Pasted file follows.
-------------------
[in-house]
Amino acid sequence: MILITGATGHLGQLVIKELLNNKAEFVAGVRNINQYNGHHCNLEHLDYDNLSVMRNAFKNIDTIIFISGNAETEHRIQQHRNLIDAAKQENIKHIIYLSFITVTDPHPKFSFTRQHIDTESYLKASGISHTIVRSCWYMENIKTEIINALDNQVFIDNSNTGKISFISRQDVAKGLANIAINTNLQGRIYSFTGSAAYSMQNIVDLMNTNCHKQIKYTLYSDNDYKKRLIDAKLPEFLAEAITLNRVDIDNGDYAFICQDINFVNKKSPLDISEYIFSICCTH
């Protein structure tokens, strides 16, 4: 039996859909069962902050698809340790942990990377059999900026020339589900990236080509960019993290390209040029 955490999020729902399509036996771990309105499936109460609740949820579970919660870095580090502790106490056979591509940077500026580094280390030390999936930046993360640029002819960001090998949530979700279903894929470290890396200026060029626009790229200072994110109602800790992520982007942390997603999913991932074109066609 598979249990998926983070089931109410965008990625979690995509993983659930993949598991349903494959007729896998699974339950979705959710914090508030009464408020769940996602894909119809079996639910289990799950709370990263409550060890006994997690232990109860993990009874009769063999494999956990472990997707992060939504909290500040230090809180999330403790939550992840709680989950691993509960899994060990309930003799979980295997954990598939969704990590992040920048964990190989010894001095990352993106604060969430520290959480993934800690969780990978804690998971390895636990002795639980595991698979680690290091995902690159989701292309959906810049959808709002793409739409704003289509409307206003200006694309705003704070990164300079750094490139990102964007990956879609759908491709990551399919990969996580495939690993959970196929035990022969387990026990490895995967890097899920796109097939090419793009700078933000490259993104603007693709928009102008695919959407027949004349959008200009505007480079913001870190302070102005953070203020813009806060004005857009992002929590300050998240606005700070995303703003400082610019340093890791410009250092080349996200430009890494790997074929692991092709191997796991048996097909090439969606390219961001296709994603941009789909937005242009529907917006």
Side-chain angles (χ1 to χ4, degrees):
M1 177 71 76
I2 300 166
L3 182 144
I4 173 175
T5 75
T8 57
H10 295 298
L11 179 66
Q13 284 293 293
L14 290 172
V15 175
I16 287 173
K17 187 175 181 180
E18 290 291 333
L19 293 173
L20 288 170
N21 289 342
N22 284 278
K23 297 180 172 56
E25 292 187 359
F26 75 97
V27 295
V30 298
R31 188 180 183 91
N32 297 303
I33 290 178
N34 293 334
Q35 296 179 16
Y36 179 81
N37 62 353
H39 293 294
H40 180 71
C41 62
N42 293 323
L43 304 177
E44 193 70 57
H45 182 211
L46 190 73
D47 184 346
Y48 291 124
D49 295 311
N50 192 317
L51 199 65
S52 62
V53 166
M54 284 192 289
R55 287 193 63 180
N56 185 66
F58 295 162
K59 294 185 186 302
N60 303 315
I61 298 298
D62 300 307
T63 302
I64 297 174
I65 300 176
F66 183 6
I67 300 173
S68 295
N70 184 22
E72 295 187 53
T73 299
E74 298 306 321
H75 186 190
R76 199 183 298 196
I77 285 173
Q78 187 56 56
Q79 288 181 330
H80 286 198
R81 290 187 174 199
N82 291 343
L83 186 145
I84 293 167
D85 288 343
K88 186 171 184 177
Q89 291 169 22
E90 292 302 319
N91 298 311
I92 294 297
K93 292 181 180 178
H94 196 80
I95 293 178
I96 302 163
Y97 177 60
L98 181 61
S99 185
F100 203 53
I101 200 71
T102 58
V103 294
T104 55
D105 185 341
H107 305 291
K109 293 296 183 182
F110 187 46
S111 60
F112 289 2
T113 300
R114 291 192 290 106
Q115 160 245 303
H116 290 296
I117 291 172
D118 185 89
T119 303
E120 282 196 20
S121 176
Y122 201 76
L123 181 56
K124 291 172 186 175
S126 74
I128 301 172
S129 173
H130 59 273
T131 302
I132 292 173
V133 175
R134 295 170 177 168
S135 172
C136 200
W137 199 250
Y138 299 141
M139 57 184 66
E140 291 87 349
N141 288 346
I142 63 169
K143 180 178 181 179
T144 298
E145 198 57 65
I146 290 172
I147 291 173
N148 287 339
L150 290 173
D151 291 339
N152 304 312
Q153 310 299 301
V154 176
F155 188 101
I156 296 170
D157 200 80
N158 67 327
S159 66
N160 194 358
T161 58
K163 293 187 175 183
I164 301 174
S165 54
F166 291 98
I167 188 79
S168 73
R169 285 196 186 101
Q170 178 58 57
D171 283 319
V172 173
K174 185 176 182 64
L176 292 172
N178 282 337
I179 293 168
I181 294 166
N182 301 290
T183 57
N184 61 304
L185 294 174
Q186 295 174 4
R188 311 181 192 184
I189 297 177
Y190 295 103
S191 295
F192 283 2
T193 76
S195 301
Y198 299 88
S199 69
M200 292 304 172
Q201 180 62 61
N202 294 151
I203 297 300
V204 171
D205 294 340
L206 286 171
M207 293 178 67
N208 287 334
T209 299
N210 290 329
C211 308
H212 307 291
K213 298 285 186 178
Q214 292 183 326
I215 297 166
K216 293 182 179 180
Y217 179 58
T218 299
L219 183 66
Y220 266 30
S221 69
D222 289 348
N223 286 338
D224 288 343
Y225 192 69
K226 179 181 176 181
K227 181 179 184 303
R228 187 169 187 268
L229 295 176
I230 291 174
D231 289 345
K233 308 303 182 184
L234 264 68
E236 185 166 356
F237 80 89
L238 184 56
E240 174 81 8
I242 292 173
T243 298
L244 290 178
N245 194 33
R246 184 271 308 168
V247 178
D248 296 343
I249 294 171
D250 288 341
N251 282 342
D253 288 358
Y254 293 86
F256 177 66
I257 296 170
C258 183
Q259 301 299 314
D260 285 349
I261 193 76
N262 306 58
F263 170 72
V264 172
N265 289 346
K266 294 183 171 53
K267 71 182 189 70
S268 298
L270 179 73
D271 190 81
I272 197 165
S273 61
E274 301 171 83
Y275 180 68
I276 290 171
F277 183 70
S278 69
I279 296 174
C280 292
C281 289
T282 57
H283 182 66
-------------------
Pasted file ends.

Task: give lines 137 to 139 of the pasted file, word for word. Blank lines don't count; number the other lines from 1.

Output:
D151 291 339
N152 304 312
Q153 310 299 301